If you were to draw a Venn Diagram for Kobe Bryant and LeBron James, you’ll quickly see how the comparisons between the two are unmistakable and apparent – and how it will only be adding in the coming month.
They are both considered to be the two most marketable players and faces of the league. They are both high school prodigies-turned league MVPs, All-Star Game MVPs, scoring champions, Olympic Gold medalists, and year in and year out, All-Defensive and All-Offensive First Team players – you get the point.
They’ve both overcome troubles off the court. Bryant was once loathed for his extramarital affairs. James was, and still is, reviled for his “Decision” last summer.
Now, in two weeks, they will meet in the middle once again as James will add the one accolade that has eluded him thus far in his eight-year career: “NBA Champion.”
As everyone criticized the Miami Heat the entire season, I slowly jumped off their back. After all, when grown men cry, as they did after that March 6th beat down from the Bulls, you tend to offer sympathy and not beat them over the head with a Gatorade bottle.
I once wrote “The formation of LeBroshAde is like Hugh Hefner’s bedroom, a lot of wasted talent,” and although still very true, the Heat accomplished in their first year what many said could not be done, and that was by reaching the Finals.
Let me say what a humbled LeBron James will not say. “I am bringing the championship trophy to South Beach.” Isn’t that what major sports is all about these days? To get your first major contract out of the way, then piggy back with other stars to win a championship…? The Boston Celtics showed how it’s done. As have the Detroit Pistons and pre-LeBron Heat in recent years. The Lakers tried to do it in 2003 with Karl Malone and Gary Payton, but then their bodies remembered they were better suited for sitting in suits. So why are we blaming the Heatles?
Over the course of the last two months, I’ve grown to like the Erik Spoelstra-coached Miami Heat and their newly formed demeanor, none more so than James, who is re-inventing his image faster than one of his trademark, chase-down “Swat City” highlights. He has become a defensive stalwart for a team that is 12-3 in the playoffs. Last I checked, you don’t need to make a game-winning shot if you’re preventing points on the other end of the court. Just ask Derrick Rose, Ray Allen, Paul Pierce, and Andre Iquadala – neither of which found any offensive rhythm this postseason.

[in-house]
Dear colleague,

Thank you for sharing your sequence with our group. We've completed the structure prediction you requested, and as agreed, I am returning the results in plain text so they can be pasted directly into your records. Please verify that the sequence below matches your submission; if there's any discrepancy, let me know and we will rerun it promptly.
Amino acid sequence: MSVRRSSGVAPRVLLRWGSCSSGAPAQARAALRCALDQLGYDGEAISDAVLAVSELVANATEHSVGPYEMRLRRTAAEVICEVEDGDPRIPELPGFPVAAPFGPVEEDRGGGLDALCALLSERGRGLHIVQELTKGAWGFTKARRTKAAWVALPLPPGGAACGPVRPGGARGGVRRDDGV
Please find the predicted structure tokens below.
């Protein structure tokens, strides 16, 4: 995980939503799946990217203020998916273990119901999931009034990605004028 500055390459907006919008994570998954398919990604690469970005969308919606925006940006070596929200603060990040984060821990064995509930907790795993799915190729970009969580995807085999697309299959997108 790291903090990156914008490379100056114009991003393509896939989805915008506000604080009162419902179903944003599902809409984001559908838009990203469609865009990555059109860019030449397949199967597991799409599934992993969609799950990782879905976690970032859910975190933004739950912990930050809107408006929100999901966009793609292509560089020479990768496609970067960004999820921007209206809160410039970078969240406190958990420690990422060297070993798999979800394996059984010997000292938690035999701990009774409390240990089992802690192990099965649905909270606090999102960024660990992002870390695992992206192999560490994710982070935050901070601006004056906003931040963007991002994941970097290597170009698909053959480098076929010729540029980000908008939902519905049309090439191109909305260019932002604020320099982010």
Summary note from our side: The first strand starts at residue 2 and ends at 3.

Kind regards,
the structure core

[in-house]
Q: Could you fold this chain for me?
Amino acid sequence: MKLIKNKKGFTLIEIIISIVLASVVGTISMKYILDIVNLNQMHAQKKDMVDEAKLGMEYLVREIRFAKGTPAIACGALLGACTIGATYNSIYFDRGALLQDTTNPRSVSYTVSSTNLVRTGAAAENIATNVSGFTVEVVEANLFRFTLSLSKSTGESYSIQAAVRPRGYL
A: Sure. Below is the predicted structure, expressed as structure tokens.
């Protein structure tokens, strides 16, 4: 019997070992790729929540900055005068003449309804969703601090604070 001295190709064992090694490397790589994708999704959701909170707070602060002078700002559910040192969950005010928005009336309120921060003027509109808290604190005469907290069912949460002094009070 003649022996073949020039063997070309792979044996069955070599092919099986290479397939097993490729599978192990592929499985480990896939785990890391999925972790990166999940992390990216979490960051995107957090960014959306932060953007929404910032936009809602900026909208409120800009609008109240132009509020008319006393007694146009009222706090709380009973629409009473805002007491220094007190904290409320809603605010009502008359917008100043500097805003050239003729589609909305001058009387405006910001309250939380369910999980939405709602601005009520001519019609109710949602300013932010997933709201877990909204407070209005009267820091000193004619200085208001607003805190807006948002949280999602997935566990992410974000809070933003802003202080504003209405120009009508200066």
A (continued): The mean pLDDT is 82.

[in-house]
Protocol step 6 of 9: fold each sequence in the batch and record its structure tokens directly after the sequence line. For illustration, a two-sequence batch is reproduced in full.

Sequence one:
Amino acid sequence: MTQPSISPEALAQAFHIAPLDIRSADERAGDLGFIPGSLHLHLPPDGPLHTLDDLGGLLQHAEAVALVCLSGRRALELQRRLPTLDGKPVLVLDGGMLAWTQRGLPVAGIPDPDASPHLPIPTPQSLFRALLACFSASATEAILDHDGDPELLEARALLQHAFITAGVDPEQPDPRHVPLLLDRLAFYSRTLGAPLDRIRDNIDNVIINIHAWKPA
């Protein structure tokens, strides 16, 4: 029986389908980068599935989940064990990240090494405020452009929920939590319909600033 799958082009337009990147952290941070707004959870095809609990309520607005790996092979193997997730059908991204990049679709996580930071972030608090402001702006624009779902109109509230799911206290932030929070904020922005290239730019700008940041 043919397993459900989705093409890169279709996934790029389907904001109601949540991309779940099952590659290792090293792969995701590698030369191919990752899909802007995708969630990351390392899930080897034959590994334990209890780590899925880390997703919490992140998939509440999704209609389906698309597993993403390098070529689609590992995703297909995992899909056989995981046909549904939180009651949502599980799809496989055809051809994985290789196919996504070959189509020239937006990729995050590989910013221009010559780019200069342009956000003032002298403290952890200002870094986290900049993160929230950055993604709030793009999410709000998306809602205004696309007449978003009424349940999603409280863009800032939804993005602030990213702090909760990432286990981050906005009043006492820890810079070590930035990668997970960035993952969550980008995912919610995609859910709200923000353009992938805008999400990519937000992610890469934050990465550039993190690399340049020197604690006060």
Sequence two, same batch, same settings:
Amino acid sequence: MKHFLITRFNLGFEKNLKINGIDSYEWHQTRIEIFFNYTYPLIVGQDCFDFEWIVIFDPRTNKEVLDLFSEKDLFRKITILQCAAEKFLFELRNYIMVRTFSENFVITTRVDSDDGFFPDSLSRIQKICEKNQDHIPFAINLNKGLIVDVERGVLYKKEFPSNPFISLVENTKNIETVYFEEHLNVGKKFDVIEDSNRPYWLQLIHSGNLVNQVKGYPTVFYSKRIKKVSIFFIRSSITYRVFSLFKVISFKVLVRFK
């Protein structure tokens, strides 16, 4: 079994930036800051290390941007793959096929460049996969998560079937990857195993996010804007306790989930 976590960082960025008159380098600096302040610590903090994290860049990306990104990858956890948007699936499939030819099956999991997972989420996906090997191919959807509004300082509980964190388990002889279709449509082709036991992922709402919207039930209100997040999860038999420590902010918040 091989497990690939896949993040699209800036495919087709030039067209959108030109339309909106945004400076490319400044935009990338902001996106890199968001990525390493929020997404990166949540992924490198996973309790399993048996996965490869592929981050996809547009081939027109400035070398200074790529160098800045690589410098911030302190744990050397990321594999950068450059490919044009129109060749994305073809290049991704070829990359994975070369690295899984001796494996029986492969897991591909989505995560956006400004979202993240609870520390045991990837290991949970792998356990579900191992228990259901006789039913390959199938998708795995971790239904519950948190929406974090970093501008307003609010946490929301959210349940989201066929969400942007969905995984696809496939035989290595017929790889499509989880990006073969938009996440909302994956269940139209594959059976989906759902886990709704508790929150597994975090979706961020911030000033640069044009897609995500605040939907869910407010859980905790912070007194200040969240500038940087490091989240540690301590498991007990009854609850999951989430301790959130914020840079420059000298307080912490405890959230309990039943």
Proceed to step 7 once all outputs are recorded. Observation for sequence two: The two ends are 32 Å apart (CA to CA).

The Celtics and Lakers were both convincingly trounced in the second round by this year’s respective Finals representatives – the Dallas Mavericks and the Miami Heat. That said, I have no opposition of the two teams playing for the Larry O’Brien trophy, starting tonight.
However, I am opposed to LeBron haters coming out in full force. Unless you live anywhere remotely close to Cleveland, you should be rooting for the Heat to win it all. At the very least, it is in the best interests of you, Lakers fans.
Narrow-minded basketball and Lakers fans forget that in 2007, another star and face of a franchise – Kobe Bryant – said that he would rather play on Pluto than remain with a cellar-dwelling, hapless franchise. His words: “I would like to be traded, yeah. Tough as it is to come to that conclusion there’s no other alternative, you know?”
This came one year after Bryant scored only one point and took just three shots in the second half of a 31-point loss in game 7 against the Phoenix Suns. When Kobe says such things, he’s proving a point to ownership that he needs help. With LeBron, he’s a quitter.
In Bryant’s unrestricted free agency year of 2004, he held the Lakers hostage by interviewing (and almost committing) with the Los Angeles Clippers and even speaking to representatives of the Chicago Bulls, Denver Nuggets and New York Knicks, going as far as looking into schooling accommodations for his daughters in other states. This all happened after the Lakers had traded Shaquille O’Neal, the presumable problem and roadblock for Bryant signing on the dotted line.
With Kobe, he was just testing the market, as any deft businessman would look to protect the best interests for he and his family. On the flipside with LeBron, he’s considered a traitor. Heck, even Derek Fisher mulled over a “compelling” offer from Pat Riley.
So why is the public so hard on LeBron? Wasn’t he the lovable man-child with the charismatic personality who once drew comparisons to the palpable Magic Johnson – who himself had off the court issues as well?
James is the reason for the Riley-formed Heat’s turnaround, which began the season 217 days ago with an ugly loss in Boston. At one point, they sported a spotty record of 9-8, before wheeling off 12 wins in a row. The December 2, 2010 “Return of the King” game against the Cleveland Cavaliers will always be remembered as the game in which the Heat became as one – a team. From there on out, they finished the season with a 49-16 record, ending with a very formidable 58 wins, third best in the league. It was one win better than the Lakers, a team never off cruise-control who cared to play whenever they felt like it – which in all cases was not often enough.
This will be the first championship of the LeBron-promised “not one…not two….not three…not four…not five…not six…not seven…” championships.
And, keep in mind, a championship for LeBron this year is better than any reviving cortisone shot Bryant will ever receive for the rest of his career.
His personal ring battle being cut down to four will bring rejuvenation never before seen to his 33-year embattled body.
The chance of winning a championship with Mike Brown – the coach that couldn’t lead LeBron for his in Cleveland – will further his drive for number six.
With six, we’ll be then drawing a Venn Diagram between Bryant and Michael Jordan, and ponder, LeBron who?